Even with everything to love, the show isn’t without some minor flaws. The largest one is how melodramatic it is. It is turned up a notch or two higher than it probably needs to be. A few times after surpassing the midway, I found myself shaking my head or face-palming at a few of the twists and turns and thinking loudly, “Really, guys? Is this really necessary?” Due to the excess of those turns, and also the development leading up to them, it also makes a chunk of it predictable in a boring and clichéd manner. For example: rich kids having tantrums because they don’t get their way, or because they feel neglected. Overrated, no matter what language the show/film is in. So, my original prediction of the series being overambitious with specific themes getting drowned out in lieu of complexity ended up being true.
Also, the mild frustration from these intricacies are amplified by the flashback-narrative style. It is an aspect I became tired of around the third time that is occurred. Oft times it happens between major story events, usually smooshed between episodes and dropped as cliff-hangers, creating a jarring shift in the scene and suspense. It also came off being way too convenient for the majority of the times that it happened.
Another mild shortcoming is the chemistry between Seo Kang Joon and Gong Seung Yeon. I mentioned in the First Impressions that the natural chemistry between them felt lacklustre and I was worried if it would make the romance flat and uninteresting. My final answer is yes and no. Yes because this continues for the first half of the series with an achingly slow-build of sparks. No because when those sparks finally do light up, the interactions are meatier and filled with layers of cute emotion. They still don’t have a passionate vibe between them. But given the state of the romance in the series, it ended up being a decent fit; not perfect, but not 100% boring and uninteresting either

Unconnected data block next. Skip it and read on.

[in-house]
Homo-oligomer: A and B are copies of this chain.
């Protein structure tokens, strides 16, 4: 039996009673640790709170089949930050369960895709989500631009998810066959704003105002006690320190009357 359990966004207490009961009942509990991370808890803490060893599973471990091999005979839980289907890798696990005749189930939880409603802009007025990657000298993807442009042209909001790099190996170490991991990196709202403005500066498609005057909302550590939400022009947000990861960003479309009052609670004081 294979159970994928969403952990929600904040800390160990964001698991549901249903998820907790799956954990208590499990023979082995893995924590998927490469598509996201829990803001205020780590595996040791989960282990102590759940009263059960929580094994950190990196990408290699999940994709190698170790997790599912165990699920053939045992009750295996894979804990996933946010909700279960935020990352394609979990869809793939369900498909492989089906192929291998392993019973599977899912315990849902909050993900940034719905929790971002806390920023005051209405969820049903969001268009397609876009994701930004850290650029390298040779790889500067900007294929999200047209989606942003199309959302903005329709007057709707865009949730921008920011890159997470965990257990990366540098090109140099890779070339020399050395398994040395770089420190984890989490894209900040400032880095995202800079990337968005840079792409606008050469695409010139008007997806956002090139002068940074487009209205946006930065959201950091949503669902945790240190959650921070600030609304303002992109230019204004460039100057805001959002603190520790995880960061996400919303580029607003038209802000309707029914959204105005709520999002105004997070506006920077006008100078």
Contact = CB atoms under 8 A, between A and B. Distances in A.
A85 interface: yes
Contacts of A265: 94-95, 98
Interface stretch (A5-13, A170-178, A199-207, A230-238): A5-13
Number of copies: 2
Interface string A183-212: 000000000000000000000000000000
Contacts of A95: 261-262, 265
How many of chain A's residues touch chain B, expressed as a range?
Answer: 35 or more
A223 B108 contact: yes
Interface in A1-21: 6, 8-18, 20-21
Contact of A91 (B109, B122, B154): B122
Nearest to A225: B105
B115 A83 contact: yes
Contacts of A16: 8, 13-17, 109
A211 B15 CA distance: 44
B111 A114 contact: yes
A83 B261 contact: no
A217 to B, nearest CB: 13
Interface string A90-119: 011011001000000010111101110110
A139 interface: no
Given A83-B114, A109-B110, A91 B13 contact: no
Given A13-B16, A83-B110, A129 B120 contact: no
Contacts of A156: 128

Overall, Are You Human? is a gripping and introspective science-fiction story about broken families, unconventional romances, the nature versus nurture examination of motherhood, and what it means to be human. I highly recommend this to people who enjoy all of these facets, plus a cute and fluffy romance. I do not recommend this to people who dislike convoluted storylines and clichés.